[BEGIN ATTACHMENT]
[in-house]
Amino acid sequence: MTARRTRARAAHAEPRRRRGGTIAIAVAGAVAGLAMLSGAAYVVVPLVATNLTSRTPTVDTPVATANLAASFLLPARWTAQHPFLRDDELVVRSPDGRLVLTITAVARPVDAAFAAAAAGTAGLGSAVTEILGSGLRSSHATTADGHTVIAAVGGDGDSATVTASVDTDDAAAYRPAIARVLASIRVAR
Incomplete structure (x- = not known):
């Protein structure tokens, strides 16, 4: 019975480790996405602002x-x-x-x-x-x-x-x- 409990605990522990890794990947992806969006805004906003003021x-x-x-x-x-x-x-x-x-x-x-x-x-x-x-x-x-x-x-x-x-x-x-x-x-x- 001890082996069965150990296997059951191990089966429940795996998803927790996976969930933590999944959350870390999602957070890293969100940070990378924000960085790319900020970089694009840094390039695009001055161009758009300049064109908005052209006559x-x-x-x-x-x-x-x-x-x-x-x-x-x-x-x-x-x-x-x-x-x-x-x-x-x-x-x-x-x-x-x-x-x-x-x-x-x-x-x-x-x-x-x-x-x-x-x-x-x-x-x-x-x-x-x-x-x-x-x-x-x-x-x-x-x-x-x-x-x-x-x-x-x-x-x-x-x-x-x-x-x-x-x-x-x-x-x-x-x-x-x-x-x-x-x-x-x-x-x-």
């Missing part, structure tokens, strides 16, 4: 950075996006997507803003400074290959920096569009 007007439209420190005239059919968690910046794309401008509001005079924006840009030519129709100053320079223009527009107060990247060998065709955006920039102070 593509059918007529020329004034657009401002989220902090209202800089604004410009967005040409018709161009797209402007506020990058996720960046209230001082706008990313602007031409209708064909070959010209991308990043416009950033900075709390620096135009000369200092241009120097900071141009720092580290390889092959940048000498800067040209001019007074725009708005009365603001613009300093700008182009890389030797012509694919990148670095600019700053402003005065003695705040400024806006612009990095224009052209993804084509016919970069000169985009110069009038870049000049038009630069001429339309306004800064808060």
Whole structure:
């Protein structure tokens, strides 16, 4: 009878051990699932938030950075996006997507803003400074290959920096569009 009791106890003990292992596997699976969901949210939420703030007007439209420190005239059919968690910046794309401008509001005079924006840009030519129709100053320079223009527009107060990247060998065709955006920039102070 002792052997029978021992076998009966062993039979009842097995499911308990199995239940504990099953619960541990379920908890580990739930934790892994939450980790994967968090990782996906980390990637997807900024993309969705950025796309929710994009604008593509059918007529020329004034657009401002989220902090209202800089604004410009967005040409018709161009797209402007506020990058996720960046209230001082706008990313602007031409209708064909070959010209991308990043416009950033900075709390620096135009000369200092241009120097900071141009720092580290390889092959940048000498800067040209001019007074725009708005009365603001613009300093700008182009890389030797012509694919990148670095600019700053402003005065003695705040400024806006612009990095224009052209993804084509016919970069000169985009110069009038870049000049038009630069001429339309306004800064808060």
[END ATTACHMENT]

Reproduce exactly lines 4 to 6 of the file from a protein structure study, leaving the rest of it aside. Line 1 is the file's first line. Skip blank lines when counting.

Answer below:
């Protein structure tokens, strides 16, 4: 019975480790996405602002x-x-x-x-x-x-x-x- 409990605990522990890794990947992806969006805004906003003021x-x-x-x-x-x-x-x-x-x-x-x-x-x-x-x-x-x-x-x-x-x-x-x-x-x- 001890082996069965150990296997059951191990089966429940795996998803927790996976969930933590999944959350870390999602957070890293969100940070990378924000960085790319900020970089694009840094390039695009001055161009758009300049064109908005052209006559x-x-x-x-x-x-x-x-x-x-x-x-x-x-x-x-x-x-x-x-x-x-x-x-x-x-x-x-x-x-x-x-x-x-x-x-x-x-x-x-x-x-x-x-x-x-x-x-x-x-x-x-x-x-x-x-x-x-x-x-x-x-x-x-x-x-x-x-x-x-x-x-x-x-x-x-x-x-x-x-x-x-x-x-x-x-x-x-x-x-x-x-x-x-x-x-x-x-x-x-």
């Missing part, structure tokens, strides 16, 4: 950075996006997507803003400074290959920096569009 007007439209420190005239059919968690910046794309401008509001005079924006840009030519129709100053320079223009527009107060990247060998065709955006920039102070 593509059918007529020329004034657009401002989220902090209202800089604004410009967005040409018709161009797209402007506020990058996720960046209230001082706008990313602007031409209708064909070959010209991308990043416009950033900075709390620096135009000369200092241009120097900071141009720092580290390889092959940048000498800067040209001019007074725009708005009365603001613009300093700008182009890389030797012509694919990148670095600019700053402003005065003695705040400024806006612009990095224009052209993804084509016919970069000169985009110069009038870049000049038009630069001429339309306004800064808060």
Whole structure: